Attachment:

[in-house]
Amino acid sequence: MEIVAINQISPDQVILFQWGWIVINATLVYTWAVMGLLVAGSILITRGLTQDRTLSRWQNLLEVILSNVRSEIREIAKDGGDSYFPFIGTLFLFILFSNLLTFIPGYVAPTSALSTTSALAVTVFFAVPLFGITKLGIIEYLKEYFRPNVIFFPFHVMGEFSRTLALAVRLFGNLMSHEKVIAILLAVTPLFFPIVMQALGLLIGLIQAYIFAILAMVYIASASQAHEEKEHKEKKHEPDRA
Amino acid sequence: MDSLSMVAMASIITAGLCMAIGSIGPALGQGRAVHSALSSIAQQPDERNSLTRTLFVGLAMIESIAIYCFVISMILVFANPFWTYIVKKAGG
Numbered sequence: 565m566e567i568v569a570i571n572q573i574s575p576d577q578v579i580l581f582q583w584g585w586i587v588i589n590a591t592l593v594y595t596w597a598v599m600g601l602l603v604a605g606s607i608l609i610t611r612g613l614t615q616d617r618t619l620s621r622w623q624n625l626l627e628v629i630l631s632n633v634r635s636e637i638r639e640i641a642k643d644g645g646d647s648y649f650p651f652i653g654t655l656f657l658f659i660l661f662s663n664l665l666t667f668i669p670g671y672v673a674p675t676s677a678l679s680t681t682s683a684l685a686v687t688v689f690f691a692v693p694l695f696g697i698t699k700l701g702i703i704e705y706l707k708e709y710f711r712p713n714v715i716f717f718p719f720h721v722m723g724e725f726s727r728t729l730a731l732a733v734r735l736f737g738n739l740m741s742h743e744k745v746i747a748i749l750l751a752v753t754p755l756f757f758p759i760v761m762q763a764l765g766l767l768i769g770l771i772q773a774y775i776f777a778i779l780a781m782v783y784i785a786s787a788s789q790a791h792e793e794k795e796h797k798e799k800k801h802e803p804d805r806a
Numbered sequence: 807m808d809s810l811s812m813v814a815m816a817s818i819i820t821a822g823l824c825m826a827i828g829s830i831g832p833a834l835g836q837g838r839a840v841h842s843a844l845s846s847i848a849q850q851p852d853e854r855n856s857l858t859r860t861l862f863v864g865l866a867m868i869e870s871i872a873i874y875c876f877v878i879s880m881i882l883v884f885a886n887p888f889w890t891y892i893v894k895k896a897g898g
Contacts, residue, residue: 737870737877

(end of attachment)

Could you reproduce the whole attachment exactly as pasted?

[in-house]
Amino acid sequence: MEIVAINQISPDQVILFQWGWIVINATLVYTWAVMGLLVAGSILITRGLTQDRTLSRWQNLLEVILSNVRSEIREIAKDGGDSYFPFIGTLFLFILFSNLLTFIPGYVAPTSALSTTSALAVTVFFAVPLFGITKLGIIEYLKEYFRPNVIFFPFHVMGEFSRTLALAVRLFGNLMSHEKVIAILLAVTPLFFPIVMQALGLLIGLIQAYIFAILAMVYIASASQAHEEKEHKEKKHEPDRA
Amino acid sequence: MDSLSMVAMASIITAGLCMAIGSIGPALGQGRAVHSALSSIAQQPDERNSLTRTLFVGLAMIESIAIYCFVISMILVFANPFWTYIVKKAGG
Numbered sequence: 565m566e567i568v569a570i571n572q573i574s575p576d577q578v579i580l581f582q583w584g585w586i587v588i589n590a591t592l593v594y595t596w597a598v599m600g601l602l603v604a605g606s607i608l609i610t611r612g613l614t615q616d617r618t619l620s621r622w623q624n625l626l627e628v629i630l631s632n633v634r635s636e637i638r639e640i641a642k643d644g645g646d647s648y649f650p651f652i653g654t655l656f657l658f659i660l661f662s663n664l665l666t667f668i669p670g671y672v673a674p675t676s677a678l679s680t681t682s683a684l685a686v687t688v689f690f691a692v693p694l695f696g697i698t699k700l701g702i703i704e705y706l707k708e709y710f711r712p713n714v715i716f717f718p719f720h721v722m723g724e725f726s727r728t729l730a731l732a733v734r735l736f737g738n739l740m741s742h743e744k745v746i747a748i749l750l751a752v753t754p755l756f757f758p759i760v761m762q763a764l765g766l767l768i769g770l771i772q773a774y775i776f777a778i779l780a781m782v783y784i785a786s787a788s789q790a791h792e793e794k795e796h797k798e799k800k801h802e803p804d805r806a
Numbered sequence: 807m808d809s810l811s812m813v814a815m816a817s818i819i820t821a822g823l824c825m826a827i828g829s830i831g832p833a834l835g836q837g838r839a840v841h842s843a844l845s846s847i848a849q850q851p852d853e854r855n856s857l858t859r860t861l862f863v864g865l866a867m868i869e870s871i872a873i874y875c876f877v878i879s880m881i882l883v884f885a886n887p888f889w890t891y892i893v894k895k896a897g898g
Contacts, residue, residue: 737870737877